3D printers look to be the same as buses: you wait for one for ages then two come at once.  Dundee have let me know that they had their machine set up last Tuesday while Exeter, tardy things, only opened theirs up to the public on Thursday.  The Scottish library service is using theirs in quite a novel way too: to print out characters which are then used in story-telling sessions for those with additional needs. It will also be used for printing items for reminiscence packs. Genius.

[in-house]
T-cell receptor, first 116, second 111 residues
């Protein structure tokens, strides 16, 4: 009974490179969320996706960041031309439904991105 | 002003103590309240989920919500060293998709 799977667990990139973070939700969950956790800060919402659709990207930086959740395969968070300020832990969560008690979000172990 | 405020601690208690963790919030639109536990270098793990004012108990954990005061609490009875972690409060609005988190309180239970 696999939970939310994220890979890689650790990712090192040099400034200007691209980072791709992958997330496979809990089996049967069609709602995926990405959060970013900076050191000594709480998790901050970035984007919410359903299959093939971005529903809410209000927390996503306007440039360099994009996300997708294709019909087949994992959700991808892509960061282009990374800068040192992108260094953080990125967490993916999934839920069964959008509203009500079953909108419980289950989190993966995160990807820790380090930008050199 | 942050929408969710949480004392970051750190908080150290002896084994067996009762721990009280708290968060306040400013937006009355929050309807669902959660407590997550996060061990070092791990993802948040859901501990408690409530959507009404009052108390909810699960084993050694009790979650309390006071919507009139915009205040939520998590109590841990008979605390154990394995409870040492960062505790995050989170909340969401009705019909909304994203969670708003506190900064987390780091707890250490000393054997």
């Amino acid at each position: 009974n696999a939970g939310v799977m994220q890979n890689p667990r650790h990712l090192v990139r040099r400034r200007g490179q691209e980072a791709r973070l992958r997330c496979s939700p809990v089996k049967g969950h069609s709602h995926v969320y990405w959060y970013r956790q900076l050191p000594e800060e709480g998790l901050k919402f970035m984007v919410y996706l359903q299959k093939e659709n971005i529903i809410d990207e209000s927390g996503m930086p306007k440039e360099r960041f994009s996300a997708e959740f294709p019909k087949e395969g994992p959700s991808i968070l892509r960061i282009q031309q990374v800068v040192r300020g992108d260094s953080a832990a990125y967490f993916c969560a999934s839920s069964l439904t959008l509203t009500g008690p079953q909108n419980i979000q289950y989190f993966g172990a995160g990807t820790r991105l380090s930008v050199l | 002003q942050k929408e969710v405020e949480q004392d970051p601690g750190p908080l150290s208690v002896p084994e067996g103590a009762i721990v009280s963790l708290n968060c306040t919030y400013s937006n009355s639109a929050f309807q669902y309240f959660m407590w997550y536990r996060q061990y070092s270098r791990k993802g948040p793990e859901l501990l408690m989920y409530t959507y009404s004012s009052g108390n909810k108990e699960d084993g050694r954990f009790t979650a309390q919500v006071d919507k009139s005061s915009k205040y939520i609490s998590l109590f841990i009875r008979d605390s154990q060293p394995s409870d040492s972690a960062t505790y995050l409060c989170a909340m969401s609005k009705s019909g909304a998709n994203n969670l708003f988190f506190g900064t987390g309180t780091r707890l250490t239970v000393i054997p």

• Response to Challenge Accepted: Alternatives to Volunteer Libraries – Leon’s Library Blog. Trevor Craig puts the case for avoiding volunteer-run libraries. “I think a back to basics approach is what is required, and the SCL’s universal offers is a good framework for this but it cannot be delivered by volunteers and self service machines, both of which the users don’t like and arguably doesn’t actually save much money.” … “The obvious answer to anyone that looks at the CIPFA returns is the huge gigantic elephant in the room of the service support costs. Obviously I’m more on top of the detail for the Oxfordshire data but most I’ve looked at it costs councils millions to support the library services. Its too much and the administrative burden could and should be shared with other authorities.” … “The 151 library authorities should be abolished and replaced with a smaller number of authorities along a similar line to police authorities”